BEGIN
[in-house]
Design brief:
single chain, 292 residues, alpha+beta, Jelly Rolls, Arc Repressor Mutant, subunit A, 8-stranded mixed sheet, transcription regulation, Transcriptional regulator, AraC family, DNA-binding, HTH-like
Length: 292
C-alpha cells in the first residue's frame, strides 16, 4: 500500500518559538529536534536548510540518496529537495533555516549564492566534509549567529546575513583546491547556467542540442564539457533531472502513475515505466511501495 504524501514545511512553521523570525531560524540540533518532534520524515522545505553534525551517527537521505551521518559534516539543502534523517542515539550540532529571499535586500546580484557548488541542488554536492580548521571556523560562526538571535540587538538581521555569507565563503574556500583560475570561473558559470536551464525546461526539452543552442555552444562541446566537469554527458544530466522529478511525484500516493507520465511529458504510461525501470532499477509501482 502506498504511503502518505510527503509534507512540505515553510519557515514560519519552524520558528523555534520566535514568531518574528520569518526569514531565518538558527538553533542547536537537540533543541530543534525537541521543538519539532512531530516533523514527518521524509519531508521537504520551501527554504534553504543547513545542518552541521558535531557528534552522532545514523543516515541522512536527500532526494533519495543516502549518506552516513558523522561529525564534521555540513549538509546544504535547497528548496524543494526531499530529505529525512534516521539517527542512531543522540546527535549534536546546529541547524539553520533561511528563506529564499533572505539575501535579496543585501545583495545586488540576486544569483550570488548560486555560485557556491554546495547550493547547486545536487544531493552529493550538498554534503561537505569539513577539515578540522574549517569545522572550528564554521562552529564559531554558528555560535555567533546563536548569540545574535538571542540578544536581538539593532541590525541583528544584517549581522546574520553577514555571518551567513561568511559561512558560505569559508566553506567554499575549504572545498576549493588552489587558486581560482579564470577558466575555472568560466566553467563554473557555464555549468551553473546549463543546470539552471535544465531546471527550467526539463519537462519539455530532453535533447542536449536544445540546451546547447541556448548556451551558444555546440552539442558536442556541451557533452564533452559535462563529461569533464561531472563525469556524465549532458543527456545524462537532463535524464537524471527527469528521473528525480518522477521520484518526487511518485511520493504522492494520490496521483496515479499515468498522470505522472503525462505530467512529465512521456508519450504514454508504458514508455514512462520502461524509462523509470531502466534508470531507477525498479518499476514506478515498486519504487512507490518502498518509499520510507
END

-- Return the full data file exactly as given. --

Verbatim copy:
[in-house]
Design brief:
single chain, 292 residues, alpha+beta, Jelly Rolls, Arc Repressor Mutant, subunit A, 8-stranded mixed sheet, transcription regulation, Transcriptional regulator, AraC family, DNA-binding, HTH-like
Length: 292
C-alpha cells in the first residue's frame, strides 16, 4: 500500500518559538529536534536548510540518496529537495533555516549564492566534509549567529546575513583546491547556467542540442564539457533531472502513475515505466511501495 504524501514545511512553521523570525531560524540540533518532534520524515522545505553534525551517527537521505551521518559534516539543502534523517542515539550540532529571499535586500546580484557548488541542488554536492580548521571556523560562526538571535540587538538581521555569507565563503574556500583560475570561473558559470536551464525546461526539452543552442555552444562541446566537469554527458544530466522529478511525484500516493507520465511529458504510461525501470532499477509501482 502506498504511503502518505510527503509534507512540505515553510519557515514560519519552524520558528523555534520566535514568531518574528520569518526569514531565518538558527538553533542547536537537540533543541530543534525537541521543538519539532512531530516533523514527518521524509519531508521537504520551501527554504534553504543547513545542518552541521558535531557528534552522532545514523543516515541522512536527500532526494533519495543516502549518506552516513558523522561529525564534521555540513549538509546544504535547497528548496524543494526531499530529505529525512534516521539517527542512531543522540546527535549534536546546529541547524539553520533561511528563506529564499533572505539575501535579496543585501545583495545586488540576486544569483550570488548560486555560485557556491554546495547550493547547486545536487544531493552529493550538498554534503561537505569539513577539515578540522574549517569545522572550528564554521562552529564559531554558528555560535555567533546563536548569540545574535538571542540578544536581538539593532541590525541583528544584517549581522546574520553577514555571518551567513561568511559561512558560505569559508566553506567554499575549504572545498576549493588552489587558486581560482579564470577558466575555472568560466566553467563554473557555464555549468551553473546549463543546470539552471535544465531546471527550467526539463519537462519539455530532453535533447542536449536544445540546451546547447541556448548556451551558444555546440552539442558536442556541451557533452564533452559535462563529461569533464561531472563525469556524465549532458543527456545524462537532463535524464537524471527527469528521473528525480518522477521520484518526487511518485511520493504522492494520490496521483496515479499515468498522470505522472503525462505530467512529465512521456508519450504514454508504458514508455514512462520502461524509462523509470531502466534508470531507477525498479518499476514506478515498486519504487512507490518502498518509499520510507